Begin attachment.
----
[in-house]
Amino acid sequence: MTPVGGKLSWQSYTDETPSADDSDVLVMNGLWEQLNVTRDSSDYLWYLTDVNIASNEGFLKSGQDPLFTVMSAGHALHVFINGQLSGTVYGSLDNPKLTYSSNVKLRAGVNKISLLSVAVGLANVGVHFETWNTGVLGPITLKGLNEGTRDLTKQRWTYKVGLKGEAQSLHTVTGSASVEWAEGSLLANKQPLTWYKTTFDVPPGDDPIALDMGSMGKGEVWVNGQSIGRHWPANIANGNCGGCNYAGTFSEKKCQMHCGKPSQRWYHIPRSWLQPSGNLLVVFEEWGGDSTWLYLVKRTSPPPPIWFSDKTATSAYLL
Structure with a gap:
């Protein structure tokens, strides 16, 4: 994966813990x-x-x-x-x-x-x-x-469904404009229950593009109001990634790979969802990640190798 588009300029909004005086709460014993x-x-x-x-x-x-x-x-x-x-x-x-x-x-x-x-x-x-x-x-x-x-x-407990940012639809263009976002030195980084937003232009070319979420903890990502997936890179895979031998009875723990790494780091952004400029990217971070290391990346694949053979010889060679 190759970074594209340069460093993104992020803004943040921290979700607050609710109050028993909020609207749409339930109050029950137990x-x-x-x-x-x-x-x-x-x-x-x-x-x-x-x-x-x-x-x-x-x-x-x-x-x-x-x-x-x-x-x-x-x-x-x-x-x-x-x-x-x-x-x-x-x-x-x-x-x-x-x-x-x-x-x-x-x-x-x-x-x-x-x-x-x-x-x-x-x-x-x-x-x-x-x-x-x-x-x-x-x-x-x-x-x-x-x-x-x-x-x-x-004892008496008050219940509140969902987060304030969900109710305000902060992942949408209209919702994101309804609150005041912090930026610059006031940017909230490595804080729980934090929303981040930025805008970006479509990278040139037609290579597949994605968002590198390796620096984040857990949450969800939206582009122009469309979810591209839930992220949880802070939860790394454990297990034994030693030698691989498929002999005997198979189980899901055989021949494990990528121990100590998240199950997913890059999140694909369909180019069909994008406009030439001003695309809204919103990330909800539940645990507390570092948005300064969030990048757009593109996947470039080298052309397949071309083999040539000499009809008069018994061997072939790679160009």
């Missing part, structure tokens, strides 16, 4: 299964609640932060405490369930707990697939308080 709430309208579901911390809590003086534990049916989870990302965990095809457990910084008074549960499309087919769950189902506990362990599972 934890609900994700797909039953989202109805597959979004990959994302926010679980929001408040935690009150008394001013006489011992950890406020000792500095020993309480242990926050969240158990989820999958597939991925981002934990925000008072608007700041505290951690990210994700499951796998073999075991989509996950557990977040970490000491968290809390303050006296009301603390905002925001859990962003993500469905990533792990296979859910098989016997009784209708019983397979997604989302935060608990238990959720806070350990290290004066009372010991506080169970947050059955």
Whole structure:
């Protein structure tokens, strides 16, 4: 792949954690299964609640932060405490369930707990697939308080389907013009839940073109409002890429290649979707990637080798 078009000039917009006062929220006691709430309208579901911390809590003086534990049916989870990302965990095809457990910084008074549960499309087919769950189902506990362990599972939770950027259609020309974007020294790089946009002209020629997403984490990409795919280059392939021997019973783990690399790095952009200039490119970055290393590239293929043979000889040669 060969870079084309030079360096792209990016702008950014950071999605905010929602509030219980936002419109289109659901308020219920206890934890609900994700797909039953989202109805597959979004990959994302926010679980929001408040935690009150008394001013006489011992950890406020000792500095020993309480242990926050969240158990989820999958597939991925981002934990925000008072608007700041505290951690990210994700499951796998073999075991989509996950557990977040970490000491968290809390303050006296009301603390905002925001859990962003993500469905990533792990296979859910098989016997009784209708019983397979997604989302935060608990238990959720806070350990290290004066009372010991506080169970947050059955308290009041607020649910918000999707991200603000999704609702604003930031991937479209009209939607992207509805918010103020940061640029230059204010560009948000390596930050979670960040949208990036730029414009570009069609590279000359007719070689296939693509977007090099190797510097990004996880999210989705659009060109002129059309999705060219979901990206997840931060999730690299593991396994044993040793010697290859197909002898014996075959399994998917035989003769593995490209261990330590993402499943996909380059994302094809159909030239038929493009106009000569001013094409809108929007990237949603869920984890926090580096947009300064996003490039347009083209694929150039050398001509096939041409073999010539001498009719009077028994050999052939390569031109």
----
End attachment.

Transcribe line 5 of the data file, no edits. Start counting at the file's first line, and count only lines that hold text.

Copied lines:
């Missing part, structure tokens, strides 16, 4: 299964609640932060405490369930707990697939308080 709430309208579901911390809590003086534990049916989870990302965990095809457990910084008074549960499309087919769950189902506990362990599972 934890609900994700797909039953989202109805597959979004990959994302926010679980929001408040935690009150008394001013006489011992950890406020000792500095020993309480242990926050969240158990989820999958597939991925981002934990925000008072608007700041505290951690990210994700499951796998073999075991989509996950557990977040970490000491968290809390303050006296009301603390905002925001859990962003993500469905990533792990296979859910098989016997009784209708019983397979997604989302935060608990238990959720806070350990290290004066009372010991506080169970947050059955």